WHO Executive Board Meeting: HHS Global Affairs leader cites need to increase investments in worldwide health emergency preparedness

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The World Health Organization Executive Board meets this week in Geneva.

GENEVA – Staff from the U.S. Department of Health and Human Services Office of Global Affairs, the Centers for Disease Control and Prevention, and USAID made it here despite the current U.S. government office shutdown, and are participating in the 142nd World Health Organization Executive Board session, which kicked off today at WHO headquarters in Geneva, Switzerland.

While the U.S. is not on the WHO Executive Board for 2018, Garret Grigsby, director of the HHS Office of Global Affairs, delivered remarks highlighting the need to increase investments in worldwide public health emergency preparedness, saying committing to such investments now “is far less expensive than emergency response later.” He noted WHO member states’ compliance to the International Health Regulations – which legally binds countries to prevent, detect and respond to infectious diseases – is critical to reducing the impact of global outbreaks.

While other high- and middle-income country representatives delivered remarks in support of WHO’s activities and plans for strengthening universal health coverage, Grigsby did not offer  support or opposition, but commented that the U.S. government wants to see the WHO and member states work to reduce healthcare costs to increase access to healthcare globally. He argued that universal health coverage is not possible without the participation of the private sector.

“The World Health Organization’s technical expertise and evidence-based public health voice must remain neutral,” Grigsby said, adding that the U.S. government believes the WHO should stick to core functions and not engage in advocacy work, and avoid “certain ideologies or agendas.” The WHO, he said, “must improve the process of obtaining outside technical expertise, improve transparency . . . and work with the private sector.”

Global Health staff from IDSA, which produces this blog, is here and will offer these statements on infectious disease agenda items as a non-state actor.

Stay tuned . . .

One thought on “WHO Executive Board Meeting: HHS Global Affairs leader cites need to increase investments in worldwide health emergency preparedness

  1. David Fedson

    The Infectious Disease Society of America (IDSA) recently stated, “In an increasingly interconnected world, an emerging public health threat anywhere poses a potential threat everywhere… Halting outbreaks where they begin is one of the most effective ways to protect Americans.”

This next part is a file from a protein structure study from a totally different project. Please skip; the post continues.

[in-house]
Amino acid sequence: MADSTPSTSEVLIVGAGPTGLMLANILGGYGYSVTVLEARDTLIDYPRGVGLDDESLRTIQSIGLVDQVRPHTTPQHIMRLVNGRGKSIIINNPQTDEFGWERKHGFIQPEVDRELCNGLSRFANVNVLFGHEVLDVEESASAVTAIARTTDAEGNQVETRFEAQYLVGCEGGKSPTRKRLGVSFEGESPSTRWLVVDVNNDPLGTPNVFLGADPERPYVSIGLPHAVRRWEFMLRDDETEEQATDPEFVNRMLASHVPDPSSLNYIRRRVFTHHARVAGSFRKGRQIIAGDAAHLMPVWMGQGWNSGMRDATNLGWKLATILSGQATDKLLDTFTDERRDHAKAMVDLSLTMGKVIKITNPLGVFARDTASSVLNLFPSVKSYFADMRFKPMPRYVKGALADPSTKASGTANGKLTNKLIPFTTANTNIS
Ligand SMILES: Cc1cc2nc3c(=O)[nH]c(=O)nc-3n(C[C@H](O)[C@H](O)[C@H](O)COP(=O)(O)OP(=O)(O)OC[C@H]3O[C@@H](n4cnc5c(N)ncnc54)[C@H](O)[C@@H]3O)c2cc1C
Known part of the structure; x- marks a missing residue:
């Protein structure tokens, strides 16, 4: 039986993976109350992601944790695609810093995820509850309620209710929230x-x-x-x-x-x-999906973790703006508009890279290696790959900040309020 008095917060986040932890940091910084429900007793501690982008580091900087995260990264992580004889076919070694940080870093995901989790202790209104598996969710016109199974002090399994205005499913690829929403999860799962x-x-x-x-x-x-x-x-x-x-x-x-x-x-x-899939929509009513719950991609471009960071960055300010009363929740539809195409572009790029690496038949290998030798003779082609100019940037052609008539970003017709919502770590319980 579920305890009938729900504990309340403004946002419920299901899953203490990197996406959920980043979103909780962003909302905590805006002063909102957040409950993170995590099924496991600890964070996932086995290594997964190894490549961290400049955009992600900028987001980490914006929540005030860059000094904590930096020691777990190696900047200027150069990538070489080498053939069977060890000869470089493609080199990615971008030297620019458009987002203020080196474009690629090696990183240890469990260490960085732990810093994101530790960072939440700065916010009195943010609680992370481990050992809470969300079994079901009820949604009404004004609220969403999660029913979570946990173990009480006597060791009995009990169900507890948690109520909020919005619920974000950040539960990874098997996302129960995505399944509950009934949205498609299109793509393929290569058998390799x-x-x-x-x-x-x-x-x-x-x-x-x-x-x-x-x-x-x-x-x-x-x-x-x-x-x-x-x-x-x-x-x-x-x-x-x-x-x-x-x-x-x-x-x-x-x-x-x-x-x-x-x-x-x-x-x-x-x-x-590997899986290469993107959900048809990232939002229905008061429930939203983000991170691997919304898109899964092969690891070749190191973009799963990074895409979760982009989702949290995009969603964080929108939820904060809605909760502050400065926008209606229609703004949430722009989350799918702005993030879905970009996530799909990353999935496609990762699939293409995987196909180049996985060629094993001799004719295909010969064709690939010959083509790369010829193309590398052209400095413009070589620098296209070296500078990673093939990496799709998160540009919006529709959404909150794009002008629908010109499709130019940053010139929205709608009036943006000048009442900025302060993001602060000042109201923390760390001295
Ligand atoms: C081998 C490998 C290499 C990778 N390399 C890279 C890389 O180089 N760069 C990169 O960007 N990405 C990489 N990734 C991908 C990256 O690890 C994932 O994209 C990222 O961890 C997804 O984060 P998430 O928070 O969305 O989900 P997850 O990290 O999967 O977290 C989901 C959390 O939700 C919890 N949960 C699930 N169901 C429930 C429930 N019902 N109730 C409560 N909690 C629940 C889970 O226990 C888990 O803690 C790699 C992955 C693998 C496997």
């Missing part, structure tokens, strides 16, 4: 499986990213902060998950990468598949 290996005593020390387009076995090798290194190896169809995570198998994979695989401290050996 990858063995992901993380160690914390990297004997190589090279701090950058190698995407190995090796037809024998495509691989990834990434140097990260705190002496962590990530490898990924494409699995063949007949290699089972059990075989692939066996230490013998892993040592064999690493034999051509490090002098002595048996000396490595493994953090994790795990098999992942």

Sadly, it won’t be possible to halt a public health threat like an influenza pandemic where it begins, and the same is true for an Ebola-like outbreak in a sub-Saharan African country. A rapid response fund to deal with these threats might be helpful, but by itself it won’t provide physicians with what they will need to care for patients who fall victim to one of these emerging diseases.

    The IDSA is advocating a “top down” approach to preparedness that supports research on vaccines that won’t be available when they are needed and new treatments targeting individual pathogens that will be expensive and in short supply. The work will be slow to organize and very costly. We also need research on a “bottom up” approach to treating patients with inexpensive generic drugs that modify the host response.
    Despite the views of DHHS, this research will never be supported by the private sector; it will only be undertaken if there is public support.

    If this approach could be shown convincingly to improve outcomes, it could be implemented by practicing physicians in any country on the first epidemic or pandemic day. Unfortunately, this idea has not been supported by the NIH, CDC, BARDA, WHO, the Gates Foundation and the Wellcome Trust, and it has little if any support from influenza and Ebola scientists. Nonetheless, it is based on a solid foundation of laboratory and clinical research by other investigators who understand the biology of the host response to infection and how simple treatments might improve survival.

    DA Henderson, who led the WHO program to eradicate smallpox, once said, Ïf you’re not on the edge, you’re taking up too much room.” If the IDSA, DHHS and WHO wish to be leaders in pandemic preparedness, they must be willing to advocate a far-reaching idea that is “on the edge”.

    Reply

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